I used to have a bicycle trailer which could convert into a stroller. It had large spoked wheels and bicycle tyres, so was much better over rough ground than standard strollers and was also lighter. It had ample storage space behind the seat. The centre of gravity was lower than most strollers so it was less tippy. I didn’t take it for overnighters.

    When I read your post, my first thought was ‘I’d rather pull it than push it’ – a sled on wheels? 🙂

    #3812369
    Chris Ryan
    BPL Member

    @ucdchris

    Rebecca, I’m not an expert on which models and years of BOB strollers are “best” to use on the trail. You’ll probably need to take a dive into comparing previous model specifications. I do know that some of the ones I saw had been through multiple kids and still looked comfortable and in good working condition. The stroller I used does not have a handbrake, but there have been a few occasions on steeper slick trails where I would have used one if it was available.

    #3812377
    Rebecca 510
    BPL Member

    @wanderingrebecca

    Locale: East bay, SF bay area

    I certainly wasn’t expecting anyone here to be able to rate specific stroller models LOL! I was just wondering whether it was important as a general principle to go into the weeds about things like whether they have handbrakes, or just grab any old one… sounds like the brake would be nice but not critical.

     

    I looked up those bike trailers strollers, and they look very neat! But also bigger and more expensive, and since we already have a box bike it might be overkill. If I didn’t have a cargo bike, I would DEFINITELY want one of those.

    I don’t think the cheap Craigslist posts are scams; they fit pretty well with general patterns I’ve observed on there. You have your people who know the value of a thing and all its details and want to make the most of it, and then you have your people who just have something lying around and don’t care very much but they figure it would be nice to get a few bucks.

    #3812405
    Kevin Babione
    BPL Member

    @kbabione

    Locale: Pennsylvania

    I have twins and can highly recommend the Bob strollers – we had the double and it saved us until they were almost 5!  I never took it on anything rougher than a rail trail (small packed gravel), but it was great.  Unless you’re planning on jogging with it I wouldn’t worry about having a brake.  I can’t imagine that you’d take it on any trails where it’s steep going up or down.

    I didn’t backpack with our girls until they were 4 1/2, but we did a bunch of car camping and small day hikes.  Here’s a link from my first backpacking trip with them:  Four Preschoolers on the AT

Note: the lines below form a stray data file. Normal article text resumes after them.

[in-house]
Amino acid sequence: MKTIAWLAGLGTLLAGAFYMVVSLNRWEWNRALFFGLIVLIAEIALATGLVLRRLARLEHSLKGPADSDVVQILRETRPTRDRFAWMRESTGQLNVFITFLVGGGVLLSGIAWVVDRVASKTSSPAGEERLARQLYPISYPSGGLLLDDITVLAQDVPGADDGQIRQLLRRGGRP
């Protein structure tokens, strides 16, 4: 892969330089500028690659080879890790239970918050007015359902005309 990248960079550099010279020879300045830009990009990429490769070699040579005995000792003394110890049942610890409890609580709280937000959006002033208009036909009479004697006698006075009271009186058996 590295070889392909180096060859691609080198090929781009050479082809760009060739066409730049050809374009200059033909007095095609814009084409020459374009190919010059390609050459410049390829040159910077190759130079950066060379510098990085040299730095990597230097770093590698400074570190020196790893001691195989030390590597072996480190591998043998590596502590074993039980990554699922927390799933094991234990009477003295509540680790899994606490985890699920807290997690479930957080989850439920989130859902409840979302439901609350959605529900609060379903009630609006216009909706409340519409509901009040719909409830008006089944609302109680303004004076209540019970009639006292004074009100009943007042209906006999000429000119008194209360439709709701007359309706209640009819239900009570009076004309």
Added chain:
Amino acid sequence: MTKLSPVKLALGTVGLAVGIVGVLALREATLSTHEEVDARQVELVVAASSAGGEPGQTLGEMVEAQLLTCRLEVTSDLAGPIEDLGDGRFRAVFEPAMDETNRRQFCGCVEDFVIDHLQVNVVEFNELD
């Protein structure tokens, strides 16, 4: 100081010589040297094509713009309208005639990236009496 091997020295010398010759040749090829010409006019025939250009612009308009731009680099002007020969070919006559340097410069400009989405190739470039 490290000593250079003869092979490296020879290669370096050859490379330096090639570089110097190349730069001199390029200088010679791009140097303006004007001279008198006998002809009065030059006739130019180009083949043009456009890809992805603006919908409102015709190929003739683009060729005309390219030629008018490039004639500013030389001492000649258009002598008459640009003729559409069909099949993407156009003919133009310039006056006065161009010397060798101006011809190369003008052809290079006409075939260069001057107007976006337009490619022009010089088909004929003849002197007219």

Start small and easy – most of the state parks around us have all kinds of trails and some of them would definitely work with a Bob stroller.

    #3812439
    David Thomas
    BPL Member

    @davidinkenai

    Locale: North Woods. Far North.

    20 years ago, we did lots of miles with the kids in a three-wheel, bicycle-tired stroller.  Mostly on dirt frontage roads bordering the forest akin to many hiking trails, but also going into USFS cabins, 4 to 7 miles of trail from the parking lot.  They worked well for that and could be tilted back and then forward again over modestly large logs or water breaks.  With two adults, larger obstacles could be passed by each adult grabbing each end of the stroller and lifting it up and over.  There was some volume inside and some underneath for additional gear, but not as much as the additional human along dictated.  A two-kid stroller, but with only one kid in it would help with the volume of gear.

    Along those lines, we also had a two-kid bicycle trailer – aluminum frame, nylon sides and clear windshield in front.  There was only ever one kid in it at a time (our surviving children are 4.5 years apart), so the added volume was really helpful and we used it mostly for sleeping bags and pads – fluffy, low-density stuff that we didn’t worry about hitting the child in the event of a roll over.  (Some of those?) bicycle trailers have conversions kits to strollers.  We didn’t do that with ours – we only brought it on bicycle-packing overnights, but there was a conversion kit available for that model.

    If it is primarily for trail use – stroller or bicycle trailer – I’d suggest larger diameter wheels and more ground clearance will let you pass more obstacles more easily.